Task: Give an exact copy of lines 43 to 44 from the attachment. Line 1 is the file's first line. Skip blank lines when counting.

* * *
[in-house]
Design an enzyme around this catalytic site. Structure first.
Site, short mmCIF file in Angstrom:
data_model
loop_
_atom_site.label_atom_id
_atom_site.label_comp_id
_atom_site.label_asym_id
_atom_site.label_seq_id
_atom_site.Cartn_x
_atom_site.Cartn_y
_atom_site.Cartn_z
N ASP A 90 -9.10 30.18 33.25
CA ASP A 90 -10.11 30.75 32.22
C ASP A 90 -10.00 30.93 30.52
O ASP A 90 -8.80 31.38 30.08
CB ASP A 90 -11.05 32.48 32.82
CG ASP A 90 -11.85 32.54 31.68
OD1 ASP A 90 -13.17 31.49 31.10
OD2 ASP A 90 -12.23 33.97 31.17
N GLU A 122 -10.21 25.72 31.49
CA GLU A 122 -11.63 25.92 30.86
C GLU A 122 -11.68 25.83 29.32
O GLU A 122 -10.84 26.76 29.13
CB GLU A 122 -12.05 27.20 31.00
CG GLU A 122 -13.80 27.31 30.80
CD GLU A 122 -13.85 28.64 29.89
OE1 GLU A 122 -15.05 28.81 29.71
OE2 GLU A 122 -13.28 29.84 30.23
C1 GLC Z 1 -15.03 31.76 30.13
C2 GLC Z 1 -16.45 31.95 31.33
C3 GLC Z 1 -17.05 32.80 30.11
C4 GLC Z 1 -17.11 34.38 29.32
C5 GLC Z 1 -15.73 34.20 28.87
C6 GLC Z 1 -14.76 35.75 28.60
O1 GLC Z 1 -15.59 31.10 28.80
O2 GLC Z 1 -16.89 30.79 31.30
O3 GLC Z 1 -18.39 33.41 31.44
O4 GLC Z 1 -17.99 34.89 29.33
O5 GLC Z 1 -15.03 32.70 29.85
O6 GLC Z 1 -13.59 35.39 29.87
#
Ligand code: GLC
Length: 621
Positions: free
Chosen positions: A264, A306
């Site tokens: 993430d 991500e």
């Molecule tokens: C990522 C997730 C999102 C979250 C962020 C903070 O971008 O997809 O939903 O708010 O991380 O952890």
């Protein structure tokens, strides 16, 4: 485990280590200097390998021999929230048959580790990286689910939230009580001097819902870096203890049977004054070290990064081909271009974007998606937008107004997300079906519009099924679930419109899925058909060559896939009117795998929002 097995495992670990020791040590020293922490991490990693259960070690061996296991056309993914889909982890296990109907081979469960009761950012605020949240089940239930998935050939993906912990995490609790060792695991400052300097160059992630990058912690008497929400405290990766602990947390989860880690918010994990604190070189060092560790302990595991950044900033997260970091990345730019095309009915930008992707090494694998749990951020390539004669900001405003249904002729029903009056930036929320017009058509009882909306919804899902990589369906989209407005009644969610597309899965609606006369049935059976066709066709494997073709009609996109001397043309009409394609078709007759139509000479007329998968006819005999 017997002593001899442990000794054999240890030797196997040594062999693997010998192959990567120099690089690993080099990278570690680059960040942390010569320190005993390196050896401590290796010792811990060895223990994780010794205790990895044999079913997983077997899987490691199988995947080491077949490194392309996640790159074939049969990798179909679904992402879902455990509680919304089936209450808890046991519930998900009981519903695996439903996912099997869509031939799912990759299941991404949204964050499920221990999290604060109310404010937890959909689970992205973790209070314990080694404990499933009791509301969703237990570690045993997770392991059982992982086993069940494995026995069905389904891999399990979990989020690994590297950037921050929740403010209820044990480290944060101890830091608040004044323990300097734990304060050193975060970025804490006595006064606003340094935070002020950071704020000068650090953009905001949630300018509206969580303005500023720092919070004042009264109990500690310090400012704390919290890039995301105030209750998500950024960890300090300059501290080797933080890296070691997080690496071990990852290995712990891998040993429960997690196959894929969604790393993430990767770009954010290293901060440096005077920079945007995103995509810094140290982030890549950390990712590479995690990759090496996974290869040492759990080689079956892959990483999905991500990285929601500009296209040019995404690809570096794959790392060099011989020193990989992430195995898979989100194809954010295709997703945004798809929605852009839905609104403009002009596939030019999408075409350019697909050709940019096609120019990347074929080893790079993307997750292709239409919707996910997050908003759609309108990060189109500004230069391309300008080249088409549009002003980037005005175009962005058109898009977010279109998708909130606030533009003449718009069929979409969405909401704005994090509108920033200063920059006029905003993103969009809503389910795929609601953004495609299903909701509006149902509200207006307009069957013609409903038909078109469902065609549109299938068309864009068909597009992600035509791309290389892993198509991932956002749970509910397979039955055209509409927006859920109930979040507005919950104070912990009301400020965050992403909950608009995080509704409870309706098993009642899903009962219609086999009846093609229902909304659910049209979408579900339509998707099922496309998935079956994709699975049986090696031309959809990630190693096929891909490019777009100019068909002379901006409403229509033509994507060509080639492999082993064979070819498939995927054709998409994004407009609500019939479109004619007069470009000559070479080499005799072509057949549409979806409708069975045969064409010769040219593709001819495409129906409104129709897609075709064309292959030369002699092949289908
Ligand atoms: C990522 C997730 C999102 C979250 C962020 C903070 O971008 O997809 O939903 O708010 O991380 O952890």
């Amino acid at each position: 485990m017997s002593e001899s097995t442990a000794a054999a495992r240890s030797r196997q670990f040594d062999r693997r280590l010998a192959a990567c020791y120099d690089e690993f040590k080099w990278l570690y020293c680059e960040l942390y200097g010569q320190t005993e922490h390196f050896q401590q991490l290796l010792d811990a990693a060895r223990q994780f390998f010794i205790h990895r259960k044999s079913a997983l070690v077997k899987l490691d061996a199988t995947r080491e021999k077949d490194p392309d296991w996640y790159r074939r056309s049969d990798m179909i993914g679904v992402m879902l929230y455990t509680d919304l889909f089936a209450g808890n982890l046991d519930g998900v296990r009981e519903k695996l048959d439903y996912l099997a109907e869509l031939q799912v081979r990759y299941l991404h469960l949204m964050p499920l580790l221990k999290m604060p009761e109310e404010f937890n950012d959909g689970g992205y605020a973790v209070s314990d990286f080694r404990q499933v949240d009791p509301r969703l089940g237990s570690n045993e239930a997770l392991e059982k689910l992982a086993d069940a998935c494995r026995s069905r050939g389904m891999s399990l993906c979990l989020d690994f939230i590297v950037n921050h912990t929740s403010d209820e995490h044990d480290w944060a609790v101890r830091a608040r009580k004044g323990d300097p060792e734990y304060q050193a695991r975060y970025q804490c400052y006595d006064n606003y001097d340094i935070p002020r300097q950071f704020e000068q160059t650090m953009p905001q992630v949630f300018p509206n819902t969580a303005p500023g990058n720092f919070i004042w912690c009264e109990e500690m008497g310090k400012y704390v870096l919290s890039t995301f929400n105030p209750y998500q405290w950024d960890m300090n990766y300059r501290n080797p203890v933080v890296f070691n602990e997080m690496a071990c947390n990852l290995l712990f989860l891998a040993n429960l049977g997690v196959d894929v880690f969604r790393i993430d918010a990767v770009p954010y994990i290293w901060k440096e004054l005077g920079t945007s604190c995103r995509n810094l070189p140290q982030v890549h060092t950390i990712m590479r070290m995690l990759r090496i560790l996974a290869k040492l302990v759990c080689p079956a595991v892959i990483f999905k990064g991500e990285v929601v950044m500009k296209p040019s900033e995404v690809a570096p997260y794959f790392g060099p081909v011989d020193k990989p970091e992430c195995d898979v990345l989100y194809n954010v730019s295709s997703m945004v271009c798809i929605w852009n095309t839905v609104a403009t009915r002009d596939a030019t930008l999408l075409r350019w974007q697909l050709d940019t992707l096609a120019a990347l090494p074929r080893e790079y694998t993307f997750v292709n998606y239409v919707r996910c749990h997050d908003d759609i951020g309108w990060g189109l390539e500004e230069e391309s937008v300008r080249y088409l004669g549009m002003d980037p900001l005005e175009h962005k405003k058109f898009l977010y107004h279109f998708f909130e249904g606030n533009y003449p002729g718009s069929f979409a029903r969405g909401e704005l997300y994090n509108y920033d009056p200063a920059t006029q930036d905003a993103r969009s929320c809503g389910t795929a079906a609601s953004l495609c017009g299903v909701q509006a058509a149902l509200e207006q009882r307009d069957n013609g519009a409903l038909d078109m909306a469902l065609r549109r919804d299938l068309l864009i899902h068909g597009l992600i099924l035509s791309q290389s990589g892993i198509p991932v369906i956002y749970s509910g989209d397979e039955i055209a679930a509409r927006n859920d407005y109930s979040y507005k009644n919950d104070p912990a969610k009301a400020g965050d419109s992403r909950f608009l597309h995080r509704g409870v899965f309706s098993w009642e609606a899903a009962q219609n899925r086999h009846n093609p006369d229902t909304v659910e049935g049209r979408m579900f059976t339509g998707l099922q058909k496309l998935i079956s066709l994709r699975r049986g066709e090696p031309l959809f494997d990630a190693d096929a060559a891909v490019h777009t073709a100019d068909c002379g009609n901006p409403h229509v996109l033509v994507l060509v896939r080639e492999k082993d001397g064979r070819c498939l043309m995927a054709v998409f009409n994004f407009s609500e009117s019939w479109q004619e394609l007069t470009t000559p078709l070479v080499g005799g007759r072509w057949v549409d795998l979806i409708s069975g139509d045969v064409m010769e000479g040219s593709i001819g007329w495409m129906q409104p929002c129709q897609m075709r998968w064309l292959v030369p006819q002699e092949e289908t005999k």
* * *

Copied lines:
Ligand code: GLC
Length: 621